This fifth stage will be the first with more than one rated climb with five of them, including the first rated harder than a four with a trio of threes along with a pair of fours.  The sprinters could be thwarted with a gradual climb to the finish in a park on the outskirts of the city.  The final roundabout had several clusters of bike wheels slanted every which way among its yellow flowers.


An over-sized bike in downtown Quimper, over a mile from the finish,  acknowledged The Tour with “Notre Tour” (“Our Tour”) inscribed on it’s front wheel.


It’s been days since I’ve seen the sun.  Though there is a continual threat of rain, there have been days where I’ve remained dry other than from the early morning mist that lays low over the land.  I make camp a little earlier than usual when I’ve dried out and don’t have to worry about wet gear in the tent.  I camped early one evening between a high hedge along the road and an electrified fence surrounding a pasture of cattle.  Half an hour after I was settled in a farmer in high plastic boots clomped up to my tent and asked me to leave for my own safety, as he feared I might provoke his cattle.  He said there was better camping anyway on the other side of the road.  He was very nice about it, though he wasn’t so tactful when he lapsed into his limited English, saying, “Go away.”  If it had been in the US he would have summoned the police. It was a rare instance of someone discovering me, and partially because I’d camped prematurely.  I may have been lucky he spotted me, but his cattle were far away in his large pasture and may have never sauntered my way.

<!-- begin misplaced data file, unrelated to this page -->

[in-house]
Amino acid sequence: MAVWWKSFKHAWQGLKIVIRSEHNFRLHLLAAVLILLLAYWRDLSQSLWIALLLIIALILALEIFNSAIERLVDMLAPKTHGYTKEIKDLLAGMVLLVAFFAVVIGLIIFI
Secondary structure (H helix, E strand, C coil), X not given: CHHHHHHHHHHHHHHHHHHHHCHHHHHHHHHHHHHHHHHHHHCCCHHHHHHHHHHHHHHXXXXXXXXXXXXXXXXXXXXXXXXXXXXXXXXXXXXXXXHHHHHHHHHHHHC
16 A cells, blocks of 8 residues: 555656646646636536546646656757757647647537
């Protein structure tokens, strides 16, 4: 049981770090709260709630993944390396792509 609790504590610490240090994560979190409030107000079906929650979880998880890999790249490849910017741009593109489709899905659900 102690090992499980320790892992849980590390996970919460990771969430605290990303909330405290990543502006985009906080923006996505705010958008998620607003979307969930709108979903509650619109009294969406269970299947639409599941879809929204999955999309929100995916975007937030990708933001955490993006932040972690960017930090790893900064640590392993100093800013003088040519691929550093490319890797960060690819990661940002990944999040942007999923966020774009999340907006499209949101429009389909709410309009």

I had been considering a municipal campground that night near the ferry, but when the road turned steep as the sky darkened I opted to seize a campsite of my own choosing.  I’ve been resorting to municipal campgrounds every third or fourth night mostly for the opportunity of WiFi to give  Janina a call, but also for the luxury of a real shower, rather than my dabblings at faucets. WiFi isn’t always available, nor electricity.  The one certainty is an exclamation of delight when I’m asked my nationality and they learn I’m American.  Often I’m told I’m the first they’ve ever had.  I receive a similar reaction of happy surprise at tourist offices, though there I’m just a rarity not a first-timer.  There is not a hint of hostility, just pleasure.  I may be skewering the tourist office stats, since I can check in at two or three a day.

And now it’s on to the Ville Arrivée for stage six in Mur-de-Bretagne and it’s category three,  fifteen per cent climb to the finish, the first real test of this year’s Tour.  It was there in 2011 that Cadel Evans asserted he had the strongest legs in the peloton, winning the stage and then The Tour.  It will be a good test for my legs as well to see how my preparation is going.  Seventeen days until the start.














5 comments:

Bill Burns said...

One thing I noticed, on the bottom of the Mickey D's sign you posted: "Clear Channel." That shows that even the advertising is global, since Clear Channel controls billboards and entertainment districts and radio and TV stations all across the US, too. Sorta a bummer to see. But, businesses will seek dominance in markets. But, like Mickey D's, it homogenizes places, making it difficult to ever really leave home, no matter how far you travel (unless you're in Dakar, I s'pose).

Safe travels, George!

vincent carter said...

George your American friend uses the nickname Mickey Ds for McDonalds in Australia it's Maccas , what do the French use ?

Bill Burns said...

Heh...Such questions are the subject of this fine bit of classic 90s cinema from Tarantino: https://youtu.be/PxXhjFvNNGc

george christensen said...

The French nickname for McDonald’s may be McDo.

Andrew said...

Le Mac?